And let's point out that this is just for some stuff Trump said. It's not like he sneakily passed a law dismantling protections for unions, or petulantly disrupted traffic, or acted to preserve discrimination.

Then again, if we just want to go by words, there are plenty of other awful things other candidates have said. Where's your Op-Ed yellow card for these people?

Hell, Trump himself said awful things just a few weeks ago. But you didn't freak out then. You ran the story. You fed it. You told everyone to pay attention.

There's something un-democratic about demanding any particular candidate not run, and something bizarre about using a large media platform to talk about how a candidate isn't serious enough to talk about, and could he please just go away so they could stop talking about him without having to transparently show that the media and establishment make arbitrary decisions about who is worth talking about "seriously" and who isn't.

Perhaps the most laughable part of the Des Moines Register's outrage is claiming that these "hard-fought campaigns...involve staggering personal and financial sacrifices." Yeah, let's talk about that.


The 16-strong roster of current candidates is already being sorted and ranked by the only metric that really matters in America anymore: How much money they have.

Current campaign finance "law" effectively encourages and allows candidates to raise massive sums of money in unaccountable ways via SuperPACs, and it's all above-board as long as the candidate takes care of all of this before formally declaring they're running for president. it's a hilarious and sad bit of Kabuki theatre.

This results in things like the charade of Jeb Bush hemming and hawing and pretending like he hasn't already decided to run, and then coming out of the gate with $100 million in backing.

That's money that's just going to get burned up on awful advertisements and leaflets and flying and driving and creating nothing beyond making sure people know that Jeb is running for president, and here's sort of what he believes (but not really).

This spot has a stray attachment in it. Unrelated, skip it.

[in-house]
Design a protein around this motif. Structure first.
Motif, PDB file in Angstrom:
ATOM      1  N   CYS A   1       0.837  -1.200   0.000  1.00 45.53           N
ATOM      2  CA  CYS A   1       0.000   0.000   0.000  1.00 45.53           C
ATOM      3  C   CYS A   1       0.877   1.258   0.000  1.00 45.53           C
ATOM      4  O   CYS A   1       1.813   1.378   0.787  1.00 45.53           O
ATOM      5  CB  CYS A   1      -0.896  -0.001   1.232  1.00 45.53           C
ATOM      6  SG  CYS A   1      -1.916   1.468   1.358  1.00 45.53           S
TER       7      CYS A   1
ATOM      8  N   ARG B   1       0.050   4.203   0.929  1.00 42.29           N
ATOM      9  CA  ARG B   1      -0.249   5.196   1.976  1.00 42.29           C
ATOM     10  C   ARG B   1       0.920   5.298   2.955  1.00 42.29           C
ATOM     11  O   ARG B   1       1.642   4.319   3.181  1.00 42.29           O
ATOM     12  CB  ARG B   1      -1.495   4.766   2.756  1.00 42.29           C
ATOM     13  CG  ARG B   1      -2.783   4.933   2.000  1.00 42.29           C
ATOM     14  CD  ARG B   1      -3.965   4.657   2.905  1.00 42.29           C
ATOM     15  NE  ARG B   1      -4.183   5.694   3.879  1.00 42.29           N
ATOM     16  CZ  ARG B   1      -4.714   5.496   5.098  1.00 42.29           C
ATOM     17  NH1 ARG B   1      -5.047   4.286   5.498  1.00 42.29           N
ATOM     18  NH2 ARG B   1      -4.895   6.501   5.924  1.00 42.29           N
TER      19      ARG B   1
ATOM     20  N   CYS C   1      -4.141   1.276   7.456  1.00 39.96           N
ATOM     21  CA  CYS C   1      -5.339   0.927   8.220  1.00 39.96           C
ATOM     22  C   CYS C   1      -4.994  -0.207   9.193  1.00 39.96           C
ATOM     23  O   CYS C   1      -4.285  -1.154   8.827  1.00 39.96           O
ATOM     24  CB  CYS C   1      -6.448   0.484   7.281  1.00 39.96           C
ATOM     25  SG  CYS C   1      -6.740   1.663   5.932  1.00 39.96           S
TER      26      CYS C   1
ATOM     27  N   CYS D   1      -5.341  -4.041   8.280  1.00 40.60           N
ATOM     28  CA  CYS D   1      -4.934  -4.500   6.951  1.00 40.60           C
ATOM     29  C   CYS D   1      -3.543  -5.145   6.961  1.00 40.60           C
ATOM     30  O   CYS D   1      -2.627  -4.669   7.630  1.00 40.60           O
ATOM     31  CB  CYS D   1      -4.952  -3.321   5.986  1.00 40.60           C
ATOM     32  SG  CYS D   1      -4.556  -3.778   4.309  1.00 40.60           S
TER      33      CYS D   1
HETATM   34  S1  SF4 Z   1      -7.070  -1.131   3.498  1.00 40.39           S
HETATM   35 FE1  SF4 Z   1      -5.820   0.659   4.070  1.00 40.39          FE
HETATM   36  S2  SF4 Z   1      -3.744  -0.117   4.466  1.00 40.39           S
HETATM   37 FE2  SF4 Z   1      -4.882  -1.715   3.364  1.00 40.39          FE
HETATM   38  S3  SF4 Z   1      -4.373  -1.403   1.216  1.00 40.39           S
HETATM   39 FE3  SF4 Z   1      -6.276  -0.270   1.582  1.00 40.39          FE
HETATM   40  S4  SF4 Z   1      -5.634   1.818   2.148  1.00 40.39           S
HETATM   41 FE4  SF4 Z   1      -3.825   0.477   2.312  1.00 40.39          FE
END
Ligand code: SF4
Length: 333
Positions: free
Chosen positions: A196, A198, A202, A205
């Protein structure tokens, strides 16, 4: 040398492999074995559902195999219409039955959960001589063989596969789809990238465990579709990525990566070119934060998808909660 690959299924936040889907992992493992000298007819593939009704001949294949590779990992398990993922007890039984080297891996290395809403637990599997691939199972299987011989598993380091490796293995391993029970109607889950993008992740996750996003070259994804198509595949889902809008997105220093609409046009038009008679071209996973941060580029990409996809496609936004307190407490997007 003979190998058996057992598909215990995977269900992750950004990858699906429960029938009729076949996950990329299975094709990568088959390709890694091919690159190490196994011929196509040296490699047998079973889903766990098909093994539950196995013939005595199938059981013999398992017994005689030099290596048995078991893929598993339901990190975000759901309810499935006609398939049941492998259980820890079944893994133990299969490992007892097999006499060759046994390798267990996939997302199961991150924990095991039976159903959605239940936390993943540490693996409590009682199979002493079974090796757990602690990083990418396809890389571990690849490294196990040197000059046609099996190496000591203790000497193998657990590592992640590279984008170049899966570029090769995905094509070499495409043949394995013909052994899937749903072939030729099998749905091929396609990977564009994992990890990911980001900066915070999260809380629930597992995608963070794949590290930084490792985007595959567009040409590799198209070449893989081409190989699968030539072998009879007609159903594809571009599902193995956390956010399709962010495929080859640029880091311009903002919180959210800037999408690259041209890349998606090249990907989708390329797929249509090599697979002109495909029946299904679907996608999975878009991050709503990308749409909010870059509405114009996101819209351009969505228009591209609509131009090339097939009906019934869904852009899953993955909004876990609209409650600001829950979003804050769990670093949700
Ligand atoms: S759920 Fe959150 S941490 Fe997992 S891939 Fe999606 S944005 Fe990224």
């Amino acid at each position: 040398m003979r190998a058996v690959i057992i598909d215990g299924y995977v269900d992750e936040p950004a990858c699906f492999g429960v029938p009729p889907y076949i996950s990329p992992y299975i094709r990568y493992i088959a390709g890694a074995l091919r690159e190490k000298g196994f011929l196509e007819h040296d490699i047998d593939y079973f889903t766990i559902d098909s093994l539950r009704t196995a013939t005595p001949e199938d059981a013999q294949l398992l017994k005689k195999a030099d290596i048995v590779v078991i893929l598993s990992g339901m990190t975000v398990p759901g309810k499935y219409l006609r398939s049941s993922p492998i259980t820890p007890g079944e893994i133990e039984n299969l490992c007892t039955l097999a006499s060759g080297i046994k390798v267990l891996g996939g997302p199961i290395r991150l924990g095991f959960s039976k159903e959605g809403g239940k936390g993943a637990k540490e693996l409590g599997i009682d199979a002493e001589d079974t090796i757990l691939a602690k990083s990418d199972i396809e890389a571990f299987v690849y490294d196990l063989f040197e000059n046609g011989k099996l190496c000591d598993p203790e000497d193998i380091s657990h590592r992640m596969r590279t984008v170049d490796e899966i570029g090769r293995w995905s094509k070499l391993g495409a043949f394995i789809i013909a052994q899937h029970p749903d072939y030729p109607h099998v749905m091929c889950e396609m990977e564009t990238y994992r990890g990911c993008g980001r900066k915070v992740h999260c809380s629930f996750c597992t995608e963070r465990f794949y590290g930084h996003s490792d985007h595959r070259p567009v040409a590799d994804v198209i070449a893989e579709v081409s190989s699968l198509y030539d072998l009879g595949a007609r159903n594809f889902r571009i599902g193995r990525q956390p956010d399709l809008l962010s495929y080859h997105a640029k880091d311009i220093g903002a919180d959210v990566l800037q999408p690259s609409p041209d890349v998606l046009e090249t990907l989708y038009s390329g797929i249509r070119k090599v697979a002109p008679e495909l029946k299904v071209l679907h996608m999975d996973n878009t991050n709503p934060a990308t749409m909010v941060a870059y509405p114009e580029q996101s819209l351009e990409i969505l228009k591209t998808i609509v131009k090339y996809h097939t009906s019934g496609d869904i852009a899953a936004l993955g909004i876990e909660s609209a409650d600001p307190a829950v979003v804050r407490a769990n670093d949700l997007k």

Since the media and those who read it are lazy, we now have a convenient score for each of the candidates: How much money they have, which now becomes a proxy for how "electable" they are, with the thin justification that "money is what wins elections".

This further reinforces that money isn't just speech, it's the only speech that matters.

This kind of thinking is an accelerating, self-reinforcing loop. Nobody wants to back a loser, so new money clusters to where the money already is. "See? Money is what matters." Followed by "it takes so much money to win (not run, not participate in) elections now, please give more or your guy won't make it!"

This approach in the media (encouraged by the candidates and their plutocrat "backers") turns the election into something like Fantasy Football -- it's not even a real sport with individual effort, it's just numbers, abstracted from any actual achievement.

Best of all, it takes all the unpleasant cognition out of the picture -- nobody has to think about what any of these clowns are actually saying, or what they've done, or what they're proposing to do. It's just a number: What's their score? Are they up or down? Are they rich?

This is part of what ultimately stunned Romney and co.: "But we had so much money!"

Oh, and these days, the only candidates that walk out of a campaign in poor financial shape are idiots who don't know how to work the system. Seriously.

The Fear

Many of the accusations being fired off against Mr. T could just as easily be levied at a number of the other 16 players. And certainly should have been called out against previous candidates. So why, suddenly, is the media rising up against a candidate? Why Trump?

Well, Trump has his own money (more than Ross Perot). They can't just knock him out of their bracket now. Trump has no mysterious backers or Koch brothers pulling strings. If Trump is fer or agin' Big Oil, it isn't because they are writing him big checks (yet).